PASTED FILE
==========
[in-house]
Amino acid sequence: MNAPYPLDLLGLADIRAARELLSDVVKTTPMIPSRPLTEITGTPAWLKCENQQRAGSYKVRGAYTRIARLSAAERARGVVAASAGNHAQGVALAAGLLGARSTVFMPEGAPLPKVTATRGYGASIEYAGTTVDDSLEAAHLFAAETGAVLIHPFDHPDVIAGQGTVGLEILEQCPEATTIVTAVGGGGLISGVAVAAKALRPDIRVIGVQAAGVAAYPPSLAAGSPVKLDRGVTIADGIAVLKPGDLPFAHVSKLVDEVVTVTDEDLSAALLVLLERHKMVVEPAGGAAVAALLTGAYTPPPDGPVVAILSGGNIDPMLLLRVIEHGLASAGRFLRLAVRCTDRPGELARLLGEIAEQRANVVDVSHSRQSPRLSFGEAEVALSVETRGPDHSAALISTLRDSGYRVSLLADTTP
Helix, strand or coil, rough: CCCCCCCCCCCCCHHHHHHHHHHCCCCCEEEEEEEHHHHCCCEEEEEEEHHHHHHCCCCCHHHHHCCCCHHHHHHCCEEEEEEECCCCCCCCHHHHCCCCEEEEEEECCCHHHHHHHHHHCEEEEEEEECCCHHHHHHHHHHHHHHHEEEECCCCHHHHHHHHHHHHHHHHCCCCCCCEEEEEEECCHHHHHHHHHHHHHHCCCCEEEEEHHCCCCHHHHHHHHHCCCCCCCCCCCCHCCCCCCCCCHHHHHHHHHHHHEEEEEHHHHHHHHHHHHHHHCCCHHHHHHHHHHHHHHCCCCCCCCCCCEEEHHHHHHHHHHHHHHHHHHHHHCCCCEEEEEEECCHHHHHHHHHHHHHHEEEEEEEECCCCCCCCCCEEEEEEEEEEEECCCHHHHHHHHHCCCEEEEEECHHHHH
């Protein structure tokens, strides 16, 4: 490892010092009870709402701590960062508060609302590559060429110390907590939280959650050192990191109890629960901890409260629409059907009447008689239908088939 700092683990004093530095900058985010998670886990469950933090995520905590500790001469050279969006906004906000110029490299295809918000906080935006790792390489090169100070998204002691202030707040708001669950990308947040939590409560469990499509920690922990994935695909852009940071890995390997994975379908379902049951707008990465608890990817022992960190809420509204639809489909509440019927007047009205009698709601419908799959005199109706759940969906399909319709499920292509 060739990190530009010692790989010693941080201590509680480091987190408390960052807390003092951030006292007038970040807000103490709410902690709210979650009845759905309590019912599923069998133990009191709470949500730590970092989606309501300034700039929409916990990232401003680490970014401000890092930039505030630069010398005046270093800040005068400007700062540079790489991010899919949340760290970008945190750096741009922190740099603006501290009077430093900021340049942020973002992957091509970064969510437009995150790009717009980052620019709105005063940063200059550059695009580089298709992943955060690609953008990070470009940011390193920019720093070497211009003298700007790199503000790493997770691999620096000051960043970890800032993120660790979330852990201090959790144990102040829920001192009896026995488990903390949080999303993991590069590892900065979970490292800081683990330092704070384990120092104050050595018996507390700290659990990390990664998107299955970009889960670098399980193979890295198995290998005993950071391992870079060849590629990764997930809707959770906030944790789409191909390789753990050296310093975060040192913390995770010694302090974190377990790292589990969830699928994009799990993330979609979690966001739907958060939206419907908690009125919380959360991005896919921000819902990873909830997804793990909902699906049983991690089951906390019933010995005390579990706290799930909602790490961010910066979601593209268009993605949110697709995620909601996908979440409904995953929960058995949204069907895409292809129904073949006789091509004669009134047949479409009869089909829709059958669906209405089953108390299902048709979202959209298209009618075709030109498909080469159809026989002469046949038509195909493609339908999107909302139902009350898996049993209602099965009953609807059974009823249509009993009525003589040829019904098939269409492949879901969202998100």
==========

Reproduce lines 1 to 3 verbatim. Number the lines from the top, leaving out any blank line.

[in-house]
Amino acid sequence: MNAPYPLDLLGLADIRAARELLSDVVKTTPMIPSRPLTEITGTPAWLKCENQQRAGSYKVRGAYTRIARLSAAERARGVVAASAGNHAQGVALAAGLLGARSTVFMPEGAPLPKVTATRGYGASIEYAGTTVDDSLEAAHLFAAETGAVLIHPFDHPDVIAGQGTVGLEILEQCPEATTIVTAVGGGGLISGVAVAAKALRPDIRVIGVQAAGVAAYPPSLAAGSPVKLDRGVTIADGIAVLKPGDLPFAHVSKLVDEVVTVTDEDLSAALLVLLERHKMVVEPAGGAAVAALLTGAYTPPPDGPVVAILSGGNIDPMLLLRVIEHGLASAGRFLRLAVRCTDRPGELARLLGEIAEQRANVVDVSHSRQSPRLSFGEAEVALSVETRGPDHSAALISTLRDSGYRVSLLADTTP
Helix, strand or coil, rough: CCCCCCCCCCCCCHHHHHHHHHHCCCCCEEEEEEEHHHHCCCEEEEEEEHHHHHHCCCCCHHHHHCCCCHHHHHHCCEEEEEEECCCCCCCCHHHHCCCCEEEEEEECCCHHHHHHHHHHCEEEEEEEECCCHHHHHHHHHHHHHHHEEEECCCCHHHHHHHHHHHHHHHHCCCCCCCEEEEEEECCHHHHHHHHHHHHHHCCCCEEEEEHHCCCCHHHHHHHHHCCCCCCCCCCCCHCCCCCCCCCHHHHHHHHHHHHEEEEEHHHHHHHHHHHHHHHCCCHHHHHHHHHHHHHHCCCCCCCCCCCEEEHHHHHHHHHHHHHHHHHHHHHCCCCEEEEEEECCHHHHHHHHHHHHHHEEEEEEEECCCCCCCCCCEEEEEEEEEEEECCCHHHHHHHHHCCCEEEEEECHHHHH